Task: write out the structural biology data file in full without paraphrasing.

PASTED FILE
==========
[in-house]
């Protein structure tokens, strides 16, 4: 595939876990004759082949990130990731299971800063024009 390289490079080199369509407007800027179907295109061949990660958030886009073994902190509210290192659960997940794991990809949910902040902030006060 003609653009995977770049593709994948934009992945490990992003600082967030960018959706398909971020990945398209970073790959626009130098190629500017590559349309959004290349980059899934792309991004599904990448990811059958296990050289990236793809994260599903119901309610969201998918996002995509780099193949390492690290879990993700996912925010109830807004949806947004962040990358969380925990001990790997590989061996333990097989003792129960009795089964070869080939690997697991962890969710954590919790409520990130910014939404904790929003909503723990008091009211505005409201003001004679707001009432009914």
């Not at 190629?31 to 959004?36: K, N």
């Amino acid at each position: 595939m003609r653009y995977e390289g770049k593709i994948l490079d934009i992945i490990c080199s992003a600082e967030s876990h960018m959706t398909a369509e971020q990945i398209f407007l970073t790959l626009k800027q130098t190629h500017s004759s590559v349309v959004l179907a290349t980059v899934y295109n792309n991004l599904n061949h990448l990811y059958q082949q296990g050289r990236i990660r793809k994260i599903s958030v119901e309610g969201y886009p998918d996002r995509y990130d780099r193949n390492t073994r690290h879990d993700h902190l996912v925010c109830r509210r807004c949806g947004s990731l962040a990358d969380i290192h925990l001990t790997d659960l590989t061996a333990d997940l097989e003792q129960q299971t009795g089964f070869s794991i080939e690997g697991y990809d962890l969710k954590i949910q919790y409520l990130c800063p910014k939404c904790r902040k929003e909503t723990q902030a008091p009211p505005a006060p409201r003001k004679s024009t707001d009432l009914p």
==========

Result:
[in-house]
């Protein structure tokens, strides 16, 4: 595939876990004759082949990130990731299971800063024009 390289490079080199369509407007800027179907295109061949990660958030886009073994902190509210290192659960997940794991990809949910902040902030006060 003609653009995977770049593709994948934009992945490990992003600082967030960018959706398909971020990945398209970073790959626009130098190629500017590559349309959004290349980059899934792309991004599904990448990811059958296990050289990236793809994260599903119901309610969201998918996002995509780099193949390492690290879990993700996912925010109830807004949806947004962040990358969380925990001990790997590989061996333990097989003792129960009795089964070869080939690997697991962890969710954590919790409520990130910014939404904790929003909503723990008091009211505005409201003001004679707001009432009914």
């Not at 190629?31 to 959004?36: K, N």
């Amino acid at each position: 595939m003609r653009y995977e390289g770049k593709i994948l490079d934009i992945i490990c080199s992003a600082e967030s876990h960018m959706t398909a369509e971020q990945i398209f407007l970073t790959l626009k800027q130098t190629h500017s004759s590559v349309v959004l179907a290349t980059v899934y295109n792309n991004l599904n061949h990448l990811y059958q082949q296990g050289r990236i990660r793809k994260i599903s958030v119901e309610g969201y886009p998918d996002r995509y990130d780099r193949n390492t073994r690290h879990d993700h902190l996912v925010c109830r509210r807004c949806g947004s990731l962040a990358d969380i290192h925990l001990t790997d659960l590989t061996a333990d997940l097989e003792q129960q299971t009795g089964f070869s794991i080939e690997g697991y990809d962890l969710k954590i949910q919790y409520l990130c800063p910014k939404c904790r902040k929003e909503t723990q902030a008091p009211p505005a006060p409201r003001k004679s024009t707001d009432l009914p």